The song ‘Heart of worship’ by Matt Redman paints a helpful picture of what worship in a Church set-up should be like. He says: “When the music fades, and all is stripped away, will I be able to come to God for nothing else but God?” The chorus says, “I am coming back to the heart of worship, where it’s all about you; I am sorry Lord for the things I have made it; it is all about you, Jesus.”
What, then, is worship? The most common word translated as worship in the Bible means to kneel or lay face down before someone as an act of reverence. Biblical worship acknowledges God as King, which should result in lives lived in light of that truth.
In our day, this is a critical thing to consider; what does it mean to have a heart of worship? When we come for fellowship during the week and weekends, how do I tell that I worship God from the heart when there is no emotional music and friends around me? We can refer to a few things (list not conclusive) to guide our bid to understand worship.
The Mark of a Heart of Worship
With the big buzz around worship bands and top-notch vocalists (I personally love the sound and feel of percussion, strings, drums and all other accompaniments during musical worship), many in the Church need to refocus on the basics of what a heart of worship is and what it is not. As in anything else in life, the foundation determines the quality. David Otten said, “No acceptable worship is possible unless faith in Christ is present. When and where faith is present, then all good works of a Christian are acts of worship.”
At the core of a heart of worship is a solid focus on these few things that should be the marks of a heart of worship;
- Salvation. When Nicodemus came to the Lord at night, he had a worship problem which needed a solution (John 3:1-16). Jesus told him he needed to be born again. As long as we are not in a relationship with Jesus, we are not close to having a heart of worship. I have not worshipped until I am in a relationship with the object of my worship. A heart of worship is evidenced by knowing and following Jesus Christ. When blind Bartimaeus got healed (Mark 10:50), he left everything and followed Jesus. Are you a follower of Jesus? If you have not started this journey, click the ‘RECEIVE CHRIST’ button at the top of the page for guidance. After receiving Christ, we move on to the next mark.
- Obedience. Jesus said in John 14:15, “If you love me, you will keep my commandments.” Worship is marked by a life of obedience and not just mere outward and emotional expressions. The question I need to answer at a personal level is, “How am I doing in my journey of obedience?” God has given us his word for guidance and direction. As I abide in him (John 15), he becomes my most treasured desire–my focus of worship. The one to whom I kneel and bow down.
Those of us who the Master has cleansed ought to follow the example of Bartimaeus and look to Christ.
The Responses of a Heart of Worship
What does a heart of worship do? Assuming that we have settled the foundational issue (salvation), the second thing we ought to understand is how a heart of worship responds. Scripture tells us the story of the paralytic man who was lowered through the roof of a house (Luke 5:17-26) while Jesus was preaching. Jesus forgave his sins and healed his disease. His response, scripture says, brought glory to God. What does it mean to glorify God?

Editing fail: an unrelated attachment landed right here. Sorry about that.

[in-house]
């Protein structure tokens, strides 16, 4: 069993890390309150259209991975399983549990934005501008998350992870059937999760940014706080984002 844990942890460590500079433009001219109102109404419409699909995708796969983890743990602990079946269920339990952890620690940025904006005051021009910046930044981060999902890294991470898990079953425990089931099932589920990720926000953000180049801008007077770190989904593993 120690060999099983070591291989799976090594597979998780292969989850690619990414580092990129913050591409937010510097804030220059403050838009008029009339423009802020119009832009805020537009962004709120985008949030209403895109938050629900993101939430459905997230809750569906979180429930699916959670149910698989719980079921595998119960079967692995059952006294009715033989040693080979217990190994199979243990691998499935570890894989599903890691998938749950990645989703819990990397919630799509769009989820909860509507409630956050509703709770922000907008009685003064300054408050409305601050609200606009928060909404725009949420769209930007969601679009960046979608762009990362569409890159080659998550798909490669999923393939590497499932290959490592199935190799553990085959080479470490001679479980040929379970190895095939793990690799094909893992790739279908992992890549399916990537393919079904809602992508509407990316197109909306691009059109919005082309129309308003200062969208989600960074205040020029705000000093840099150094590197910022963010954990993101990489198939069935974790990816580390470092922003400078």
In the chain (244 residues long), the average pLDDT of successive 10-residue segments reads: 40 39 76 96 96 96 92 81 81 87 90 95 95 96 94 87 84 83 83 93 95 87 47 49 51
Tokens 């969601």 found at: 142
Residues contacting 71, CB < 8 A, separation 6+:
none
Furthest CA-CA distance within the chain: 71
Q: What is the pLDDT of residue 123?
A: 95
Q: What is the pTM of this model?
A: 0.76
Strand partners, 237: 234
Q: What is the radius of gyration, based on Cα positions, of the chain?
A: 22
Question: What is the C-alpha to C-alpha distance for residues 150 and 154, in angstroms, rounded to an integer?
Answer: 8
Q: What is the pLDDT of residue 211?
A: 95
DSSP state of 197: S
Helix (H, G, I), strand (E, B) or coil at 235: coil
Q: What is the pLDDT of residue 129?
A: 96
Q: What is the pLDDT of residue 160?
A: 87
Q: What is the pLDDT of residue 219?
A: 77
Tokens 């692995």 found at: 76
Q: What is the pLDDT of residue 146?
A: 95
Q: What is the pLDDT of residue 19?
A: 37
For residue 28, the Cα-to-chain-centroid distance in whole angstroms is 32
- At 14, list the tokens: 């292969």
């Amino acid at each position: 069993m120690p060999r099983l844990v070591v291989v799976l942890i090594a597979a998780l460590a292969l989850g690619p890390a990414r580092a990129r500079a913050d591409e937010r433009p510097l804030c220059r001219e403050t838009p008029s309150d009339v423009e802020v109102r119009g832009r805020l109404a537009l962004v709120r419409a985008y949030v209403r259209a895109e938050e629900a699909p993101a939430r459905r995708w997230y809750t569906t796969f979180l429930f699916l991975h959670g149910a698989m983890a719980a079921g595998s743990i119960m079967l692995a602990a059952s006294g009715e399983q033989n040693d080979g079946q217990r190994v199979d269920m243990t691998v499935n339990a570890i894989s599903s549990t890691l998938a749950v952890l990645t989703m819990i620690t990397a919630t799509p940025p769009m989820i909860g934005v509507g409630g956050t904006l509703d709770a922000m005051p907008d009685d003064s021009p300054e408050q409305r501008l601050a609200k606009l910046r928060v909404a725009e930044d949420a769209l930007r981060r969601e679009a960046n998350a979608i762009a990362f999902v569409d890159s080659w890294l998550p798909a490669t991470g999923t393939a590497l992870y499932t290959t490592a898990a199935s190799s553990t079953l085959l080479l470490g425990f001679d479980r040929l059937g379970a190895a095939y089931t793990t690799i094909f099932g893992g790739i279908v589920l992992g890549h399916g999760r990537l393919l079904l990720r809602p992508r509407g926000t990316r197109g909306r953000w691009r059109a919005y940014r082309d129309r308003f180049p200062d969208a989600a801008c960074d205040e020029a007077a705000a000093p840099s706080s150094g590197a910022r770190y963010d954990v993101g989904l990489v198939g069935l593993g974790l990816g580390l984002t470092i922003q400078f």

Glorifying means making much of God as He has already revealed he is. So the paralytic man went home making much of God–the one who had not only said he was able to heal but had actually healed him. When you realize the good that God has done for you, do you give him glory? How do you glorify God? By being bold about our faith and also being deliberate to obey God’s commands (Romans 4). Go forth and tell others about who God is and what he has done in the scriptures and in your personal life.
When God does good works in our lives that we never thought possible, we must respond by glorifying him. He deserves it. “Not to us, O LORD, not to us, but to your name be the glory.”
The Expressions of a Heart of Worship
Finally, a heart of worship is bold in its expressions of praise. Do you have issues expressing praise to God? For example, when Peter and John (Acts 3) interacted with the lame beggar at the gate, he left that place walking, leaping and praising God. This man did not keep silent about what God had done for Him. Praising God can be related to what the soccer fans do when their team wins the league or any random match. They are ecstatic and full of energy, shouting, jumping and singing signature songs. They do it for something that is not eternal.
We, who are born again, should do much more than soccer fans. God has done so much for us, and we ought to be deliberate in expressing praise to him. To have a heart of worship is to come into the house of God with joyful singing and praises (Psalm 47:1-9, 66:1-2, 98:4, Ezra 3:11 etc.).
What has God done for you today, yesterday or in the recent past that is beyond your comprehension? We need, like the beggar, to find ourselves in the house of God, walking, leaping and praising his name.
Do you see in you a growing heart of worship? You can refer to the scriptures to know if you are on track. Start with these three, and may you find your life reflecting the awesomeness of God and His majesty.